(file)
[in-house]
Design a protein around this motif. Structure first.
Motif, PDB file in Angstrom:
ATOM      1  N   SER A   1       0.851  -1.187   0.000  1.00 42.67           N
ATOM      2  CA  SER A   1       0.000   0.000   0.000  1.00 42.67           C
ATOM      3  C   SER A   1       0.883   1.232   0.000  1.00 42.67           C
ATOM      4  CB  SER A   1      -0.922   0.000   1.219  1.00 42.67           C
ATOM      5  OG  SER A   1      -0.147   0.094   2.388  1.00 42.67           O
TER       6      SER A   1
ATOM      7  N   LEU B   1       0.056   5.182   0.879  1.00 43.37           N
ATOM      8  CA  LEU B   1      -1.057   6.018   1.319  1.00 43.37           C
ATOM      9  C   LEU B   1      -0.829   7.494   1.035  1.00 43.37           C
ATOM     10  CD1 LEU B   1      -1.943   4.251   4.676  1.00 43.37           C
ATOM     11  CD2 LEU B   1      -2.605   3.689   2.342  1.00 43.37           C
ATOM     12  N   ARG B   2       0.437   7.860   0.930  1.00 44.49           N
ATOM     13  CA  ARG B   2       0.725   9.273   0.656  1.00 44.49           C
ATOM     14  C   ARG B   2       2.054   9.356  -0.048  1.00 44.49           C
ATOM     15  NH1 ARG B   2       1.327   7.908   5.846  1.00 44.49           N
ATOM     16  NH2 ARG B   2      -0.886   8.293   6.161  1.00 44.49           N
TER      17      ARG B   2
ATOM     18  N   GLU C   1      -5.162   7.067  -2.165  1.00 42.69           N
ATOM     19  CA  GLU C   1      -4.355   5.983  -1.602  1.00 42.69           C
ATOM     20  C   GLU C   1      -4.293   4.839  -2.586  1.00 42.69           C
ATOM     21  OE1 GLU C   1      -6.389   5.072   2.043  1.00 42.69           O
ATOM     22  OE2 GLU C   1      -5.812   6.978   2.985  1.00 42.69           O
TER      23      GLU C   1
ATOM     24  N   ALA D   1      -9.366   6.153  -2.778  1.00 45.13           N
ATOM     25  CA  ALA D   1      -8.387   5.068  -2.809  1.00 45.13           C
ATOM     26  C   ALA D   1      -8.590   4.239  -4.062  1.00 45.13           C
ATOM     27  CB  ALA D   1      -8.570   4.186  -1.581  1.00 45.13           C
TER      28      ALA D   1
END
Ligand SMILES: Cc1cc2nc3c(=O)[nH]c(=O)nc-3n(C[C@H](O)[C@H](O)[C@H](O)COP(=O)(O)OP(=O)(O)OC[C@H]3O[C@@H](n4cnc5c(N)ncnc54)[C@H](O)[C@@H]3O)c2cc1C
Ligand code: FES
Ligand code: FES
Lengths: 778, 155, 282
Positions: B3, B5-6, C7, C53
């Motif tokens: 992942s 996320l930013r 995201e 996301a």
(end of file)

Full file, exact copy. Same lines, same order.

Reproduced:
[in-house]
Design a protein around this motif. Structure first.
Motif, PDB file in Angstrom:
ATOM      1  N   SER A   1       0.851  -1.187   0.000  1.00 42.67           N
ATOM      2  CA  SER A   1       0.000   0.000   0.000  1.00 42.67           C
ATOM      3  C   SER A   1       0.883   1.232   0.000  1.00 42.67           C
ATOM      4  CB  SER A   1      -0.922   0.000   1.219  1.00 42.67           C
ATOM      5  OG  SER A   1      -0.147   0.094   2.388  1.00 42.67           O
TER       6      SER A   1
ATOM      7  N   LEU B   1       0.056   5.182   0.879  1.00 43.37           N
ATOM      8  CA  LEU B   1      -1.057   6.018   1.319  1.00 43.37           C
ATOM      9  C   LEU B   1      -0.829   7.494   1.035  1.00 43.37           C
ATOM     10  CD1 LEU B   1      -1.943   4.251   4.676  1.00 43.37           C
ATOM     11  CD2 LEU B   1      -2.605   3.689   2.342  1.00 43.37           C
ATOM     12  N   ARG B   2       0.437   7.860   0.930  1.00 44.49           N
ATOM     13  CA  ARG B   2       0.725   9.273   0.656  1.00 44.49           C
ATOM     14  C   ARG B   2       2.054   9.356  -0.048  1.00 44.49           C
ATOM     15  NH1 ARG B   2       1.327   7.908   5.846  1.00 44.49           N
ATOM     16  NH2 ARG B   2      -0.886   8.293   6.161  1.00 44.49           N
TER      17      ARG B   2
ATOM     18  N   GLU C   1      -5.162   7.067  -2.165  1.00 42.69           N
ATOM     19  CA  GLU C   1      -4.355   5.983  -1.602  1.00 42.69           C
ATOM     20  C   GLU C   1      -4.293   4.839  -2.586  1.00 42.69           C
ATOM     21  OE1 GLU C   1      -6.389   5.072   2.043  1.00 42.69           O
ATOM     22  OE2 GLU C   1      -5.812   6.978   2.985  1.00 42.69           O
TER      23      GLU C   1
ATOM     24  N   ALA D   1      -9.366   6.153  -2.778  1.00 45.13           N
ATOM     25  CA  ALA D   1      -8.387   5.068  -2.809  1.00 45.13           C
ATOM     26  C   ALA D   1      -8.590   4.239  -4.062  1.00 45.13           C
ATOM     27  CB  ALA D   1      -8.570   4.186  -1.581  1.00 45.13           C
TER      28      ALA D   1
END
Ligand SMILES: Cc1cc2nc3c(=O)[nH]c(=O)nc-3n(C[C@H](O)[C@H](O)[C@H](O)COP(=O)(O)OP(=O)(O)OC[C@H]3O[C@@H](n4cnc5c(N)ncnc54)[C@H](O)[C@@H]3O)c2cc1C
Ligand code: FES
Ligand code: FES
Lengths: 778, 155, 282
Positions: B3, B5-6, C7, C53
């Motif tokens: 992942s 996320l930013r 995201e 996301a």